An online museum of signed toilet papers

Richard and Floralee Newman, members of the Tagyerit band in which are also songwriters, started collecting toilet paper in 1978 as a fun alternative to their other collecting habits. They ended up being completely surprised by the amazing variety of the world’s toilet paper at that time which were different in colors, textures, imprinting, embossing, weights, and manufacturing qualities.

Every time one of their friends traveled or went to a special event, they’d ask them to bring back a toilet paper sample, just a few sheets annotated with date, place, event, and the collector’s name.

Things kept getting more and more interesting as these in-the-field collectors began adding stories, artworks, and even celebrity signatures on the toilet paper.

Early on, they discovered that regular ballpoint pens are best for writing on toilet paper (other markers would tear the paper or the ink would run). They started to realize there were different categories for the collection.

Geographic locations/occupational (i.e. spacesuit maker; train engineer, etc…), historical events/antique pieces/creative artistic (i.e. elaborate drawings on the paper; poetry, etc…), celebrity signed (including musician-signed toilet paper), bookmarks/lengthy pieces that are signed by groups of people; pieces with interesting stories, …

After they created a website for their band Tagyerit’s music in 1995.

“We decided to have fun with our website and add some of our other interests. We called the toilet paper collection ‘The Whole World Toilet Paper Museum’, though it’s a museum in name only since it’s visible on the internet throughout the world”.

Then, people they didn’t know began contributing pieces and they even received some other people’s collections.

“We were really surprised to find out how many old and antique pieces of toilet paper actually survived in their original condition”.

The collection numbers about 1,500 annotated pieces. Here are just a few of the examples:

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  • A clown shoemaker in Massachusetts signed a piece of toilet paper for us. He made half the shoes for the movie The Grinch Who Stole Christmas;
  • Madonna signed a piece when she was working on the movie set of A League of Their Own;
  • Woody Allen signed a piece at the Cannes Film Festival and wrote on the toilet paper “Why This?”;
  • A piece from the Kremlin when Gorbachev was under house arrest during an attempted coup d’etat;
  • McMurdo Station in the Antarctic was signed by the entire janitorial staff.

“We’ve watched the quality of toilet paper from around the world change over these decades. Now it’s becoming more standard soft and white, which is unfortunate for us as we revel in the vast variety of shades of color and textures that used to be so prevalent”.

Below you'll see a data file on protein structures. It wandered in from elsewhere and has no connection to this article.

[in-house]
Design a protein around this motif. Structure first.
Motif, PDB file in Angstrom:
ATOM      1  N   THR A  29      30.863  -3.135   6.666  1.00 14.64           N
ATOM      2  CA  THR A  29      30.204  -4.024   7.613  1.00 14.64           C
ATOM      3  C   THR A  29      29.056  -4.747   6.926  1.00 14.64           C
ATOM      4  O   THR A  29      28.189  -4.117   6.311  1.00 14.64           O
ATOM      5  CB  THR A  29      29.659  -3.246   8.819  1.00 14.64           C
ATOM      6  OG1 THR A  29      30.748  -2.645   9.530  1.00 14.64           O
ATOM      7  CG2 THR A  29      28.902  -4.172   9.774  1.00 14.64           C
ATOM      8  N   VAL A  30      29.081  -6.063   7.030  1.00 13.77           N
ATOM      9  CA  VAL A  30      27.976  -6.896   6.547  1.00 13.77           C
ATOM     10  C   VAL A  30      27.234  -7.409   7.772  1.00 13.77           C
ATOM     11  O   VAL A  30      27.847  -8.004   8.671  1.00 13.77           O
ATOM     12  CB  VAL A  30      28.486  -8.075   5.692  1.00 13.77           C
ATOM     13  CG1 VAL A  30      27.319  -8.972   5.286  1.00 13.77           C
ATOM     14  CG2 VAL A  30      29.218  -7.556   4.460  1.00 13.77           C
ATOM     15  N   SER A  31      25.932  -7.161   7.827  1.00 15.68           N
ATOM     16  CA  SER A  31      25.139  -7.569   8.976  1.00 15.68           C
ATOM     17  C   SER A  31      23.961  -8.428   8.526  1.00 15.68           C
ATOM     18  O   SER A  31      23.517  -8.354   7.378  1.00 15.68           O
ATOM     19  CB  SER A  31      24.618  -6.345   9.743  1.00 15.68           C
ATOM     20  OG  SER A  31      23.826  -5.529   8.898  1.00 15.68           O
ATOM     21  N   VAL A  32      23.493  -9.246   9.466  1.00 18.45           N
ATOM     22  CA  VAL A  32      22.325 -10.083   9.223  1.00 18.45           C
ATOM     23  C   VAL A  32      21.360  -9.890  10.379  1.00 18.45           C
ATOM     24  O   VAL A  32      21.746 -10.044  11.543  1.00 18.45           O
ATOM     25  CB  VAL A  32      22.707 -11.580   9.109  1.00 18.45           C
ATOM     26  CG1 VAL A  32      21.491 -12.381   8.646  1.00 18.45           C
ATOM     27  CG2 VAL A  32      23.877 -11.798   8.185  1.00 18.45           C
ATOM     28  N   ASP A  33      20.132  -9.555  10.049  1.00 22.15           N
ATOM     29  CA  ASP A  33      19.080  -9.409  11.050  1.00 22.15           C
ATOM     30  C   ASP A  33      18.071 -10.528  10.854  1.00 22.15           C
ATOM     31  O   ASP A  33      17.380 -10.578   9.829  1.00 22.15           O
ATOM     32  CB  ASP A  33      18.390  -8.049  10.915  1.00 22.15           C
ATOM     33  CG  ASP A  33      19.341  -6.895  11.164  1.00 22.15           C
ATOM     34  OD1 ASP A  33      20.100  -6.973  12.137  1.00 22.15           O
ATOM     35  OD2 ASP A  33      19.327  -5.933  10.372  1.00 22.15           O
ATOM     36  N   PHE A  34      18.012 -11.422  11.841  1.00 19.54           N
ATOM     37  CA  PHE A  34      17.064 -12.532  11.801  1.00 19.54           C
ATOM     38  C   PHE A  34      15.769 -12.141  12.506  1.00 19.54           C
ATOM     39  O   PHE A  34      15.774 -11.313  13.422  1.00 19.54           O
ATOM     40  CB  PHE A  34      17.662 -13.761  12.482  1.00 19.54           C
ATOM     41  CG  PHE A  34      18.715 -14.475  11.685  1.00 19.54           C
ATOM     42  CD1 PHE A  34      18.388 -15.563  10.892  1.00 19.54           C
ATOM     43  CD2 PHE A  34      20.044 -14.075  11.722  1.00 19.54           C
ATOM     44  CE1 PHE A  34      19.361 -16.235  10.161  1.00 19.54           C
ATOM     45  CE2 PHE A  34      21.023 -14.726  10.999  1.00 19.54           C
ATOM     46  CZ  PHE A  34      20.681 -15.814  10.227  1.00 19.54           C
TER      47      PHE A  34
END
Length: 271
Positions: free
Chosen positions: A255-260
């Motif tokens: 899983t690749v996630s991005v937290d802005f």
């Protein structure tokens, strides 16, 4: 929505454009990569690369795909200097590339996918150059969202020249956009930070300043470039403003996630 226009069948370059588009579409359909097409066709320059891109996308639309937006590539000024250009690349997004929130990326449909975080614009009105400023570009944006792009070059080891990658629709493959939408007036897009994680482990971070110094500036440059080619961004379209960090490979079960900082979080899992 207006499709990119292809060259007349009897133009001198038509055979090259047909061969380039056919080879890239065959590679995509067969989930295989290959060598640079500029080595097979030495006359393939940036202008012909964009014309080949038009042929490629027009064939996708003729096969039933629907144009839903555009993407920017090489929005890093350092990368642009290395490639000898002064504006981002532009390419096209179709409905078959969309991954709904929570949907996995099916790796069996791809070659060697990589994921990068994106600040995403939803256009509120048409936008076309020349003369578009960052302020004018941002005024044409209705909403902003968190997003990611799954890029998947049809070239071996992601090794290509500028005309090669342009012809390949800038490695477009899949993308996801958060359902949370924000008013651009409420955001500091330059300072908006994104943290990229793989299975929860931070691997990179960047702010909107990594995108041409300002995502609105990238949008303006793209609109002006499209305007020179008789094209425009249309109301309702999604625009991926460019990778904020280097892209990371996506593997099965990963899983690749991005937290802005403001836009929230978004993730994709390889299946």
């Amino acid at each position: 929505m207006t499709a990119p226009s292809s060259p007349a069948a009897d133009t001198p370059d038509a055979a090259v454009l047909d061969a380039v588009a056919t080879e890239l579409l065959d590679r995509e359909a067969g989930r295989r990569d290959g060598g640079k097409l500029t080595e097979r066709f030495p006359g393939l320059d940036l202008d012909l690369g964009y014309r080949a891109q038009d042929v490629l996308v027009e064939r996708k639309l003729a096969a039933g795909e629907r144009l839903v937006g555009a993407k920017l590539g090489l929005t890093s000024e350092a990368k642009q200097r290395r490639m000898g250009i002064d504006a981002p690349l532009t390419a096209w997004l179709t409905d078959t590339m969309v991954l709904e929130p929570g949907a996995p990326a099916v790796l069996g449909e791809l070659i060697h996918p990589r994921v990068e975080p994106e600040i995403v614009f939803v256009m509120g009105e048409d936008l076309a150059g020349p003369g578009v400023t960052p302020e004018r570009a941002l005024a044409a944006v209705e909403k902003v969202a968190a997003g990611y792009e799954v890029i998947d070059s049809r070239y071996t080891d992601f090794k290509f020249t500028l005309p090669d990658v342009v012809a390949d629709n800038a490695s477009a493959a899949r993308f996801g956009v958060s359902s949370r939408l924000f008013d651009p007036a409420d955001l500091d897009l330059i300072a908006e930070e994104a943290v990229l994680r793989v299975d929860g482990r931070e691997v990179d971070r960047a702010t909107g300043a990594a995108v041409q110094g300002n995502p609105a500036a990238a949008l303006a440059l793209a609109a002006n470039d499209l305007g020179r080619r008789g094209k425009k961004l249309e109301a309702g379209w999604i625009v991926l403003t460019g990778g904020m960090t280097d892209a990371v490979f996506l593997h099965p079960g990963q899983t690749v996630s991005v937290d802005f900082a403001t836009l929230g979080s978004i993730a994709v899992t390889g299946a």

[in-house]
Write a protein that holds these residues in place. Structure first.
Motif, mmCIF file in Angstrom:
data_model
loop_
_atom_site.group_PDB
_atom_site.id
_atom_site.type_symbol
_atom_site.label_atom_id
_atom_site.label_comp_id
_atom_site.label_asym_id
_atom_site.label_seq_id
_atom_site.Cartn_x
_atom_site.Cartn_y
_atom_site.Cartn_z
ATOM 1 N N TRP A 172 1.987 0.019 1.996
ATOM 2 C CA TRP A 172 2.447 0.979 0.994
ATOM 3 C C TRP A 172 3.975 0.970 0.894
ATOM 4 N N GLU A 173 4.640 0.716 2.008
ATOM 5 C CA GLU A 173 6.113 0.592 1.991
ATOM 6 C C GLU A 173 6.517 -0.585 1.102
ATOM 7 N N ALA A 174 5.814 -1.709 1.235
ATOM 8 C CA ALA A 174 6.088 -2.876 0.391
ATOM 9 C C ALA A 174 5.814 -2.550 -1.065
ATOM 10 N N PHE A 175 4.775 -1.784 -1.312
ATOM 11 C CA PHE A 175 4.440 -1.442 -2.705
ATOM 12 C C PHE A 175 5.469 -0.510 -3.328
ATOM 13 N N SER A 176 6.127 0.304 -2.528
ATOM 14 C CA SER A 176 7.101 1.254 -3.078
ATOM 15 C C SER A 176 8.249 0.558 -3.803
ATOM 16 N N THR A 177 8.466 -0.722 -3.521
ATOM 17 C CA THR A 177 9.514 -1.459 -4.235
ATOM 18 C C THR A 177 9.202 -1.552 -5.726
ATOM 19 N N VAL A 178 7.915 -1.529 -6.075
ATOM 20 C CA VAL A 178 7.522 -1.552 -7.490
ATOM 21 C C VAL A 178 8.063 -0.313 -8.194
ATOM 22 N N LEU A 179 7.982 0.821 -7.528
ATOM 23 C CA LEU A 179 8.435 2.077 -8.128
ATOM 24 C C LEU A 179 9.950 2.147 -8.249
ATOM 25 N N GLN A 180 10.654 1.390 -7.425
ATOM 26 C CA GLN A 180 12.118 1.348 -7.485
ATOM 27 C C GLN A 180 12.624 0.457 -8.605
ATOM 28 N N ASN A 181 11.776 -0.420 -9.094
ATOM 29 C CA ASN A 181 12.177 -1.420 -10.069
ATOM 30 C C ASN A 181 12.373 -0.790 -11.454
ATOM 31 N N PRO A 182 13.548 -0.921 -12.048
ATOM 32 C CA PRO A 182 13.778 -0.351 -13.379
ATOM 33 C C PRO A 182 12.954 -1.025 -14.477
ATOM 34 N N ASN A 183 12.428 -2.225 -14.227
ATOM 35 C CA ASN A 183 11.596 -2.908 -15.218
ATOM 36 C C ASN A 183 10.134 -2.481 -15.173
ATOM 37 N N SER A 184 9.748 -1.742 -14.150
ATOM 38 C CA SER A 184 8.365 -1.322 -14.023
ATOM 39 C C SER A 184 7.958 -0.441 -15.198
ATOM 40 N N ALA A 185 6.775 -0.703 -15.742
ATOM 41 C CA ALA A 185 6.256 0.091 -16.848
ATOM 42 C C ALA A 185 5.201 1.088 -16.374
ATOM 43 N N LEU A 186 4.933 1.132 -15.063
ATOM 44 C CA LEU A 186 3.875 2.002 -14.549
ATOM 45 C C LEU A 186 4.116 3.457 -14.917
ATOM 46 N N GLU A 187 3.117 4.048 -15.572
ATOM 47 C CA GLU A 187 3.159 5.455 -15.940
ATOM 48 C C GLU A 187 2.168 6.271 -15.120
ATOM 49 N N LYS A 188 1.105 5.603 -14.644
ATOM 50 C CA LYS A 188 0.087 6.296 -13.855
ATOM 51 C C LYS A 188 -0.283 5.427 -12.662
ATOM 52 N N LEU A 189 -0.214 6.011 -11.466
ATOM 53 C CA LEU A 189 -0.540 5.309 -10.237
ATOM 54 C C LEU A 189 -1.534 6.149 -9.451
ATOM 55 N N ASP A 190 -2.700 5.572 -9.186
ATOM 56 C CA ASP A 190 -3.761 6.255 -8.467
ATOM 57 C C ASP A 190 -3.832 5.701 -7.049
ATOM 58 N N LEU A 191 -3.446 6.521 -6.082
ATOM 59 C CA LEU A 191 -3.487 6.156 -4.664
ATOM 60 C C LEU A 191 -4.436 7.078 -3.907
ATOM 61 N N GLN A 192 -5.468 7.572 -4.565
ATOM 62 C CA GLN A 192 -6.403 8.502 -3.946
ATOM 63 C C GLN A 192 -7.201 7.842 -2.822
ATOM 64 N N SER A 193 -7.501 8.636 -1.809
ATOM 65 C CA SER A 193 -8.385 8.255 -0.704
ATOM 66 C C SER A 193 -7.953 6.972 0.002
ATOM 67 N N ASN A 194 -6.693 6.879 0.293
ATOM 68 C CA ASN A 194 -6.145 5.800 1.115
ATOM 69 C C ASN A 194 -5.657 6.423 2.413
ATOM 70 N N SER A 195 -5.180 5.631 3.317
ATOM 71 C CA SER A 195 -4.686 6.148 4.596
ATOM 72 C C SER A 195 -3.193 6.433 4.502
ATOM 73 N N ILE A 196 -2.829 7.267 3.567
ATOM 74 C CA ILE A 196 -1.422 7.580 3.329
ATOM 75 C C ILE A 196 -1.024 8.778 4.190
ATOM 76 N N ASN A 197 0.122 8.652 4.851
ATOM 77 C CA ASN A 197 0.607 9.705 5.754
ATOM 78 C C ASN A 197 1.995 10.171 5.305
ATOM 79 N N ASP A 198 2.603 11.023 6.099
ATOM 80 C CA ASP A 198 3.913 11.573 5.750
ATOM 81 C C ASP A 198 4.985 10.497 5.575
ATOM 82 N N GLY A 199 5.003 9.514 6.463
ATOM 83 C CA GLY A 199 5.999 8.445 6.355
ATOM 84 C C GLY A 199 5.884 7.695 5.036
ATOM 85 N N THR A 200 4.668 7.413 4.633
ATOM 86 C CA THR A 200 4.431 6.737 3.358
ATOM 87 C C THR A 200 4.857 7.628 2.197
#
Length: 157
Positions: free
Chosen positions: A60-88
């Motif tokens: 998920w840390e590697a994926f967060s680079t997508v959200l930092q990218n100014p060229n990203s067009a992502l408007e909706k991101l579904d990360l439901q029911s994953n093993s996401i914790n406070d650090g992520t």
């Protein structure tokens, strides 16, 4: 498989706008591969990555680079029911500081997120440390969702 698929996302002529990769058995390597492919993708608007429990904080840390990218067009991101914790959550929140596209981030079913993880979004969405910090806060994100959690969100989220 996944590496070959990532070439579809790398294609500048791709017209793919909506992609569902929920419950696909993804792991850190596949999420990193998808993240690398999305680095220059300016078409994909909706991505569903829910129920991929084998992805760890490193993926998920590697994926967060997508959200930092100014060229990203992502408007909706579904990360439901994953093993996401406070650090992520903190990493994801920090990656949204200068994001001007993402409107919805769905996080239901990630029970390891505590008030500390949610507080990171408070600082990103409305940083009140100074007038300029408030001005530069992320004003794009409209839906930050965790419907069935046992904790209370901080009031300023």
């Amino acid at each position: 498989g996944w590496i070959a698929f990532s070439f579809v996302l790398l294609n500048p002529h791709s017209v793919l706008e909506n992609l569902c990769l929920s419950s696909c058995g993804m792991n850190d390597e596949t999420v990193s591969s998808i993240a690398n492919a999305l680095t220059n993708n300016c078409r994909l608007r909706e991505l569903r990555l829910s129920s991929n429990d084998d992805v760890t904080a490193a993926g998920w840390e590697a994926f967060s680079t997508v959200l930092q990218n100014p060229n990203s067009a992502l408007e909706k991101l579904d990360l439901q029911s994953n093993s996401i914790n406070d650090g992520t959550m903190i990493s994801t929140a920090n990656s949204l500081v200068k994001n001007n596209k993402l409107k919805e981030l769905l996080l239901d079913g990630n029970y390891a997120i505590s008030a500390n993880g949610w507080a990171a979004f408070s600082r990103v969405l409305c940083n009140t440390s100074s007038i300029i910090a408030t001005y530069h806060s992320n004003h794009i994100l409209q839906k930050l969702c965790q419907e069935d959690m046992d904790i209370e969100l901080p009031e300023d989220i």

“At home, the majority of our tissue use is for toilet paper. We do use a small number of paper towels and paper napkins, but probably a package of each lasts us a year. Our goal in tissue use, as in much of our other purchases, is to be as environmentally-friendly as possible”.

For many years, they have bought recycled tissue but lately have found tree-free options which are actually kind of exciting. A year ago, as a gift, a friend bought them 100% bamboo toilet paper from an online store, Who Gives a Crap. Not only is it environmentally-friendly, but these people donate 50% of their profits to bring toilets to places that have none. It’s reasonably priced, and they market it with a sense of humor too.

“Flo and I both grew up in or around Boston, Massachusetts, in the 1950s. Good strong quality tissue was all around. In diners, the dispensers were filled with paper napkins and only in the fanciest restaurants were cloth napkins provided”.

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“We’re not big travelers, and that is part of the original impetus for our collection. In 1978, a friend was flying to Europe and asked us what we’d like her to bring us back”.

The couple has put photos of much of their collection online at naming it the Whole World Toilet Paper Museum.

“At some point, though, it started getting over the top. Friends would get creative in what they brought us. One friend, who is an artist, drew a picture on the sheet of every toilet she went to. Then people started competing to see who could get the craziest piece. Three people have sent us toilet paper on their wedding days”, she said.

Someone thought of getting famous people to contribute a signed piece of their own toilet paper, and many were more than willing, Madonna, David Lynch, Sharon Stone, Joan Jett, Penny Marshall, Harrison Ford, Barbara Walters, among others.

There were unexpected discoveries, though.

“A friend had to go shoot an AD at Martha Stewart’s house. He had to use the bathroom, and he came back with a piece for us. It was one-ply. That was a big surprise”, Newman said.

There were also unexpected dangers.

“I had a friend who went to Ireland in the days when they were having all the problems. She was getting ready to go on a ferry, and she decided to go to the bathroom to get a sheet of toilet paper for us. But she left her suitcase in the hall”.

“The bomb squad came, and two big guys went into the bathroom wanting to know why she left the suitcase there. She couldn’t just say, ‘I was trying to get a piece of toilet paper for my friend'”, she said.

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However, the collection has never been about fame, nor has it been a serious undertaking, Newman said. Their philosophy has been more about humor and fun than anything else.

“That’s our life, lived in jest.”